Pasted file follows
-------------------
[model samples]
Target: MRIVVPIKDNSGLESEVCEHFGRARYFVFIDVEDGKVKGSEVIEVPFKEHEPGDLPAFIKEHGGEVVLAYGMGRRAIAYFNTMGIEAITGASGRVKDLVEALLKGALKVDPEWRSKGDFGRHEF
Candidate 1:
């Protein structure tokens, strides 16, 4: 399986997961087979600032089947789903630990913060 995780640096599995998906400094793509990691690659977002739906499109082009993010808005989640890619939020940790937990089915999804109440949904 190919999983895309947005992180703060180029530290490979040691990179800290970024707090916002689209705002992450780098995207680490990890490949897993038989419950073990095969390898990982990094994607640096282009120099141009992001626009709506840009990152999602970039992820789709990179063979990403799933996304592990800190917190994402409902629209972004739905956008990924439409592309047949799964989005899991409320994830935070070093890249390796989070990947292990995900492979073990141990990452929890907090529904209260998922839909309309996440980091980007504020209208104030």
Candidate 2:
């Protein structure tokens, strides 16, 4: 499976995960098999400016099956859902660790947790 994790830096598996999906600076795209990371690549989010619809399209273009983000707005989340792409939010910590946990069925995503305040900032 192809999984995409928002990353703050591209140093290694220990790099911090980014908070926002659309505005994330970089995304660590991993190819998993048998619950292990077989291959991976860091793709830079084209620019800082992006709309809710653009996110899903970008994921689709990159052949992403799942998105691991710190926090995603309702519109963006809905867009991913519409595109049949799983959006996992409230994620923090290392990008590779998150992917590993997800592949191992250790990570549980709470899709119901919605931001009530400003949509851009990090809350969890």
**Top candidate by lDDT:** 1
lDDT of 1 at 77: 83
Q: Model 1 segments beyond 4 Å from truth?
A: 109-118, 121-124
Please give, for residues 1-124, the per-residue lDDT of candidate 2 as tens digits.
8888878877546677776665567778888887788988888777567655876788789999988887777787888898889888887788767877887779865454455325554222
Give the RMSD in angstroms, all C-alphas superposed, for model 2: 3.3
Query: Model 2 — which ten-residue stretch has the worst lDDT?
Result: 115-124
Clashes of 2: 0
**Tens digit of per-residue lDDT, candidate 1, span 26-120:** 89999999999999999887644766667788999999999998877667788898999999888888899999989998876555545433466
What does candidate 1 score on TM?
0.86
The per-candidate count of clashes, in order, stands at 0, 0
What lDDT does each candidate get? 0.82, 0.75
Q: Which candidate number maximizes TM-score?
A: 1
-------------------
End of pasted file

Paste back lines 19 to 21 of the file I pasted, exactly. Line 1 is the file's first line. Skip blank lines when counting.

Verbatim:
0.86
The per-candidate count of clashes, in order, stands at 0, 0
What lDDT does each candidate get? 0.82, 0.75